We're getting a look at new evidence that supports the National Weather Service decision Sunday night to issue a tornado warning. A photo by Storm Chaser Ben Holcomb shows the outline of cloud dropping down from the sky to the south of Lubbock shortly after 9 pm.
Another eyewitness KCBD NewsChannel 11 spoke to says he also saw it. "I know for a fact I saw a funnel cloud about a half a mile south from me," said David Jones. "When the lightening lit up I saw it bouncing."
Homes south of Lubbock, especially along roadways such as F. M. 41 and F. M. 1585 suffered major damage from baseball-sized hail and high winds.
Whether there was actually a tornado that touched down, Jody James with the National Weather Service says we may never know.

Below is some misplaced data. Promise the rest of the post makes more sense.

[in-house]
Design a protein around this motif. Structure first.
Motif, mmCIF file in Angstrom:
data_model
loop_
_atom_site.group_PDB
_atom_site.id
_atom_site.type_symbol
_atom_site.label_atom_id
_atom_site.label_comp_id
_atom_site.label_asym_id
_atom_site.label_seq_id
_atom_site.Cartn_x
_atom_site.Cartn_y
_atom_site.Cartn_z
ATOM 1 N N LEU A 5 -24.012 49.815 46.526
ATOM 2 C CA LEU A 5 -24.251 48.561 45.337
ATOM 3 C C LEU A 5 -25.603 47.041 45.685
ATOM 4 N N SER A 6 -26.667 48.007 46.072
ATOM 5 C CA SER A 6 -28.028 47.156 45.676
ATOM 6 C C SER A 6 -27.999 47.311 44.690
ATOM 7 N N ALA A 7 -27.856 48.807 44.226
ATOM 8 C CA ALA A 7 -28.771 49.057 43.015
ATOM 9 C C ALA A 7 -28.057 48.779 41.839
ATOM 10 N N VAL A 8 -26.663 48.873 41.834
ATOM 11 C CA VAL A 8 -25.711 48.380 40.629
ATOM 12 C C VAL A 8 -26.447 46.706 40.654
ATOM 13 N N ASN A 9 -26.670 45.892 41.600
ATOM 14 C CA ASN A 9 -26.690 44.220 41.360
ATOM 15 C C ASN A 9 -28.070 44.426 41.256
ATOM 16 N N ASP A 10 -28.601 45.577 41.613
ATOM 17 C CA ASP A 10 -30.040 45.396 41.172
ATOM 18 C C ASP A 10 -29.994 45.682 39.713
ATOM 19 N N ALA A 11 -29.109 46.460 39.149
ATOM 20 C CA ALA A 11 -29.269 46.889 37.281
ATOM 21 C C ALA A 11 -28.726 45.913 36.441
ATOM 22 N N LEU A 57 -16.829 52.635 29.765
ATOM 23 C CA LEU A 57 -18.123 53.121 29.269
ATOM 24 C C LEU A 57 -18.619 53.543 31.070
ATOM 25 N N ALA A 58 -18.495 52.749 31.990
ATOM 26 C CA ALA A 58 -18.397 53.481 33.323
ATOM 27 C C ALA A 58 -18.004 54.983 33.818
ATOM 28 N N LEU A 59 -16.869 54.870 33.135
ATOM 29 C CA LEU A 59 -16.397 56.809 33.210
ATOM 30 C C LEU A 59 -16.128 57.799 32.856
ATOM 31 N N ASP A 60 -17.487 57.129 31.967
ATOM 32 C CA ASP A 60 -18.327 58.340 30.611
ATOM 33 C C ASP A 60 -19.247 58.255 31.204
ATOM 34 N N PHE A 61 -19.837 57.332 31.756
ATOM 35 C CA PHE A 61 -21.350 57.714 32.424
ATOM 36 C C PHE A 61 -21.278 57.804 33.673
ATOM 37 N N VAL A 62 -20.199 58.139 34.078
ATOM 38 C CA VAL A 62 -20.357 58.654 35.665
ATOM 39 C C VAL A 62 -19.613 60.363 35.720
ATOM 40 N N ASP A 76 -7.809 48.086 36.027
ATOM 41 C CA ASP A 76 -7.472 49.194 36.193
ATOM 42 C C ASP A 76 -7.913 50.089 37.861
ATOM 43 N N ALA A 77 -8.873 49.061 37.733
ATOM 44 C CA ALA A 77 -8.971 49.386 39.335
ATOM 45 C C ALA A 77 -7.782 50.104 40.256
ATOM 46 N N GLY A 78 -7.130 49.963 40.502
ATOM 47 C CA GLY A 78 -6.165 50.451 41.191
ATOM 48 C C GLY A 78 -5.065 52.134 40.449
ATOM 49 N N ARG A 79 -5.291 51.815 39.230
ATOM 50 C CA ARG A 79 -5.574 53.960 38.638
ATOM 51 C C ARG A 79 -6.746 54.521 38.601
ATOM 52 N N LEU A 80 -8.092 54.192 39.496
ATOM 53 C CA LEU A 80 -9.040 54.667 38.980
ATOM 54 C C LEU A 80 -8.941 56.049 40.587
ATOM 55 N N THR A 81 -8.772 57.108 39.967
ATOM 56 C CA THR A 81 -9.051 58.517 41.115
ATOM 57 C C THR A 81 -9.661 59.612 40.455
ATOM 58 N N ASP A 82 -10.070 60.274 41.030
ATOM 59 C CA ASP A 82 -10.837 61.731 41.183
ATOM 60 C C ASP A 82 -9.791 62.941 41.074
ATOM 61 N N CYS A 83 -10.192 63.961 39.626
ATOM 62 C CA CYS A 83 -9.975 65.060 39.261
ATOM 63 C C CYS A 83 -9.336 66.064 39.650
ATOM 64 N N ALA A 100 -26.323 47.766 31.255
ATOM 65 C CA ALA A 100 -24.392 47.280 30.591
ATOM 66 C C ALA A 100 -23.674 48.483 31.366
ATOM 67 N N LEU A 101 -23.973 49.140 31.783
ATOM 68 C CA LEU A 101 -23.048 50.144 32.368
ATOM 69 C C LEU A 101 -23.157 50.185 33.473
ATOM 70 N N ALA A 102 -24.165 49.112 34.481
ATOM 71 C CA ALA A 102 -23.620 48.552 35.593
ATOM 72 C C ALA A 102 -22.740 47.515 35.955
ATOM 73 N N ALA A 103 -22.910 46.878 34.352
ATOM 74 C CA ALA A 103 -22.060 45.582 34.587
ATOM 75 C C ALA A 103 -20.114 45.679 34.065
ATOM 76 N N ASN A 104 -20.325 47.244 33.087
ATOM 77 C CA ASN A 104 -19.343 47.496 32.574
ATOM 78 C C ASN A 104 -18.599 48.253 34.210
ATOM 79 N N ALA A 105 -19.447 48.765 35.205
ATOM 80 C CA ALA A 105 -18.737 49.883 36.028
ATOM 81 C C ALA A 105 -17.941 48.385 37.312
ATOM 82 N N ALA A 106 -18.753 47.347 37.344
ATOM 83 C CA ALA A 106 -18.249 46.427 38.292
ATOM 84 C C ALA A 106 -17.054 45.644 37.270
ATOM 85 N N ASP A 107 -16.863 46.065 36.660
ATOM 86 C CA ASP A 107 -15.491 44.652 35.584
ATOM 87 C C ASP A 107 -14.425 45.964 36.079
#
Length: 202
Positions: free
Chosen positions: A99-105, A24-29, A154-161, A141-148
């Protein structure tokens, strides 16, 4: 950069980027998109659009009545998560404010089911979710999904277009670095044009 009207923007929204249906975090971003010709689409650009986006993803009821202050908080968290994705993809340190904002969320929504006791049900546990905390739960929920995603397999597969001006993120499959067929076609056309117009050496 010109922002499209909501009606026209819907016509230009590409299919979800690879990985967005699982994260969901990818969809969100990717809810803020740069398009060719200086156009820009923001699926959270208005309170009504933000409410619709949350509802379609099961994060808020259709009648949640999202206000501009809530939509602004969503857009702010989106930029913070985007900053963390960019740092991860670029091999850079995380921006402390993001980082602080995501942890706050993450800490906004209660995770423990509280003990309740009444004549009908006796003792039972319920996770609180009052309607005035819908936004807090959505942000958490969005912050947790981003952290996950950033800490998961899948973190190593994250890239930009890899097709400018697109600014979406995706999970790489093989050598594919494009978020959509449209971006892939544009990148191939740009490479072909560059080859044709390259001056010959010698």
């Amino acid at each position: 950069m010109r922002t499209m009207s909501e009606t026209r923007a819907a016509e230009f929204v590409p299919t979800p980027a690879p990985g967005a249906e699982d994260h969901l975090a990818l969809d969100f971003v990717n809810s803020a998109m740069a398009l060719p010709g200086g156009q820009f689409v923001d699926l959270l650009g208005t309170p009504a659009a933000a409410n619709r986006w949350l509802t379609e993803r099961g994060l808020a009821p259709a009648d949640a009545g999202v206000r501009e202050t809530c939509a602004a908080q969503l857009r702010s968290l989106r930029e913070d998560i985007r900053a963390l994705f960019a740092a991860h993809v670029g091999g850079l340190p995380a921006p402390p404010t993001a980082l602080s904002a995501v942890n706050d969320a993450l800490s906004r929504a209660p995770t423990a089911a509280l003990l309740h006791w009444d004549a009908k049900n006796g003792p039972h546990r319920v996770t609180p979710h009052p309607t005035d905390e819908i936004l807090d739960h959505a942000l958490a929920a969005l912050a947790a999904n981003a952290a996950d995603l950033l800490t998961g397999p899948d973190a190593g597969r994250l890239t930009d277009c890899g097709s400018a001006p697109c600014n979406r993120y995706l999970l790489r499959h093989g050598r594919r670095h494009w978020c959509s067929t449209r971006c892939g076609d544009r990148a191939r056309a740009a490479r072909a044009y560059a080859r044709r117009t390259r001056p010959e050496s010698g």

However, James does say that even if there was a tornado its winds would have only been about 60-70 mph, barely registering as a tornado. He says the straight line winds were the ones that did the damage reaching 80 to 100 mph.
"In the long run, in terms of impacts, it doesn't matter if there was a tornado. Straight line wind damage caused a lot more damage than tornadoes do in the country," said Jody James.
Regardless, it was a night many will not soon forget. "It certainly was a big event for Lubbock County no doubt," said James.
Copyright 2012 KCBD. All rights reserved.